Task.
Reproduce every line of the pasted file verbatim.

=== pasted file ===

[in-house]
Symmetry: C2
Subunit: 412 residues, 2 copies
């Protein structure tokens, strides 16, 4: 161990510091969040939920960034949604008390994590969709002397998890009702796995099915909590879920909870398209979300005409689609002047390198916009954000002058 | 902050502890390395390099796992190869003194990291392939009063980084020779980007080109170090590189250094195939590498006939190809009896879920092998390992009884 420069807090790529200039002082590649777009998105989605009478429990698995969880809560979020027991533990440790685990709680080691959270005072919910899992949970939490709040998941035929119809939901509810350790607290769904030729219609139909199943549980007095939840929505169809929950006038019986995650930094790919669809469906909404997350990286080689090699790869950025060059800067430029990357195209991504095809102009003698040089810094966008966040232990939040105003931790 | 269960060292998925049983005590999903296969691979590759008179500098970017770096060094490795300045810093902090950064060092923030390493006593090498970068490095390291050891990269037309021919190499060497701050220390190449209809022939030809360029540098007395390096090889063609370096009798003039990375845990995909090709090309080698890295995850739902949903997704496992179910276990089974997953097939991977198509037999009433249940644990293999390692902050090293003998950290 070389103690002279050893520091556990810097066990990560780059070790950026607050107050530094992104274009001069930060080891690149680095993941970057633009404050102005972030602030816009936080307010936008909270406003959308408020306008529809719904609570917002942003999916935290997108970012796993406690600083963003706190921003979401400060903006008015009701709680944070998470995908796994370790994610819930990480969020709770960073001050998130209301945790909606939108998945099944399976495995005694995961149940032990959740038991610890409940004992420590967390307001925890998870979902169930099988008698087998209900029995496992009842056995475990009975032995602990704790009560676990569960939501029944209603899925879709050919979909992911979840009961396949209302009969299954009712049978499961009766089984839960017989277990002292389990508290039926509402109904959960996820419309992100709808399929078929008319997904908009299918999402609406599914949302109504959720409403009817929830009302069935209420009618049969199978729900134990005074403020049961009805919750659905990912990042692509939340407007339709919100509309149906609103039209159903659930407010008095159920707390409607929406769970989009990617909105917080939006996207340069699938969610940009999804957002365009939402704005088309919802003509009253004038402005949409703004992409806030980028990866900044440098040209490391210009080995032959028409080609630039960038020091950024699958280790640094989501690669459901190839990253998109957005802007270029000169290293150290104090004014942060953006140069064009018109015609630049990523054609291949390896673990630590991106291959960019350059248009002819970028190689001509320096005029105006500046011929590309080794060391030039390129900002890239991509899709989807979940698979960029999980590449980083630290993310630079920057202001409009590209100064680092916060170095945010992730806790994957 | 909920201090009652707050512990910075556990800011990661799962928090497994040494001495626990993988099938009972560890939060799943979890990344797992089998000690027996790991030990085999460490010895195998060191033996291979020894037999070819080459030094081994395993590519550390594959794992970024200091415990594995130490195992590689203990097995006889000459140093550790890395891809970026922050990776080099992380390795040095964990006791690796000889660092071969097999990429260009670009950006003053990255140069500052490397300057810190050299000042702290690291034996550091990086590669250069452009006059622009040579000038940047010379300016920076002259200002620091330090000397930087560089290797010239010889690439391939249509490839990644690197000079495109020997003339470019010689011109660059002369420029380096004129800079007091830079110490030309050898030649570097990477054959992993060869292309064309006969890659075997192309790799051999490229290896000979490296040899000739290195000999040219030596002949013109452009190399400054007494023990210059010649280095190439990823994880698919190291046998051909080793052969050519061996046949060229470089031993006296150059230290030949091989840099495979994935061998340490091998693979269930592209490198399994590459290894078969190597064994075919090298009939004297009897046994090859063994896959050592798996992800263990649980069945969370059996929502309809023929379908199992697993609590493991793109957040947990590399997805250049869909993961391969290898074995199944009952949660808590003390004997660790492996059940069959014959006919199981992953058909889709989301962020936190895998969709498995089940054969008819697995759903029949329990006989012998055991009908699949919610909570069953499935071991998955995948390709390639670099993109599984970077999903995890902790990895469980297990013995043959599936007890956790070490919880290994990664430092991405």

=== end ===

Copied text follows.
[in-house]
Symmetry: C2
Subunit: 412 residues, 2 copies
């Protein structure tokens, strides 16, 4: 161990510091969040939920960034949604008390994590969709002397998890009702796995099915909590879920909870398209979300005409689609002047390198916009954000002058 | 902050502890390395390099796992190869003194990291392939009063980084020779980007080109170090590189250094195939590498006939190809009896879920092998390992009884 420069807090790529200039002082590649777009998105989605009478429990698995969880809560979020027991533990440790685990709680080691959270005072919910899992949970939490709040998941035929119809939901509810350790607290769904030729219609139909199943549980007095939840929505169809929950006038019986995650930094790919669809469906909404997350990286080689090699790869950025060059800067430029990357195209991504095809102009003698040089810094966008966040232990939040105003931790 | 269960060292998925049983005590999903296969691979590759008179500098970017770096060094490795300045810093902090950064060092923030390493006593090498970068490095390291050891990269037309021919190499060497701050220390190449209809022939030809360029540098007395390096090889063609370096009798003039990375845990995909090709090309080698890295995850739902949903997704496992179910276990089974997953097939991977198509037999009433249940644990293999390692902050090293003998950290 070389103690002279050893520091556990810097066990990560780059070790950026607050107050530094992104274009001069930060080891690149680095993941970057633009404050102005972030602030816009936080307010936008909270406003959308408020306008529809719904609570917002942003999916935290997108970012796993406690600083963003706190921003979401400060903006008015009701709680944070998470995908796994370790994610819930990480969020709770960073001050998130209301945790909606939108998945099944399976495995005694995961149940032990959740038991610890409940004992420590967390307001925890998870979902169930099988008698087998209900029995496992009842056995475990009975032995602990704790009560676990569960939501029944209603899925879709050919979909992911979840009961396949209302009969299954009712049978499961009766089984839960017989277990002292389990508290039926509402109904959960996820419309992100709808399929078929008319997904908009299918999402609406599914949302109504959720409403009817929830009302069935209420009618049969199978729900134990005074403020049961009805919750659905990912990042692509939340407007339709919100509309149906609103039209159903659930407010008095159920707390409607929406769970989009990617909105917080939006996207340069699938969610940009999804957002365009939402704005088309919802003509009253004038402005949409703004992409806030980028990866900044440098040209490391210009080995032959028409080609630039960038020091950024699958280790640094989501690669459901190839990253998109957005802007270029000169290293150290104090004014942060953006140069064009018109015609630049990523054609291949390896673990630590991106291959960019350059248009002819970028190689001509320096005029105006500046011929590309080794060391030039390129900002890239991509899709989807979940698979960029999980590449980083630290993310630079920057202001409009590209100064680092916060170095945010992730806790994957 | 909920201090009652707050512990910075556990800011990661799962928090497994040494001495626990993988099938009972560890939060799943979890990344797992089998000690027996790991030990085999460490010895195998060191033996291979020894037999070819080459030094081994395993590519550390594959794992970024200091415990594995130490195992590689203990097995006889000459140093550790890395891809970026922050990776080099992380390795040095964990006791690796000889660092071969097999990429260009670009950006003053990255140069500052490397300057810190050299000042702290690291034996550091990086590669250069452009006059622009040579000038940047010379300016920076002259200002620091330090000397930087560089290797010239010889690439391939249509490839990644690197000079495109020997003339470019010689011109660059002369420029380096004129800079007091830079110490030309050898030649570097990477054959992993060869292309064309006969890659075997192309790799051999490229290896000979490296040899000739290195000999040219030596002949013109452009190399400054007494023990210059010649280095190439990823994880698919190291046998051909080793052969050519061996046949060229470089031993006296150059230290030949091989840099495979994935061998340490091998693979269930592209490198399994590459290894078969190597064994075919090298009939004297009897046994090859063994896959050592798996992800263990649980069945969370059996929502309809023929379908199992697993609590493991793109957040947990590399997805250049869909993961391969290898074995199944009952949660808590003390004997660790492996059940069959014959006919199981992953058909889709989301962020936190895998969709498995089940054969008819697995759903029949329990006989012998055991009908699949919610909570069953499935071991998955995948390709390639670099993109599984970077999903995890902790990895469980297990013995043959599936007890956790070490919880290994990664430092991405």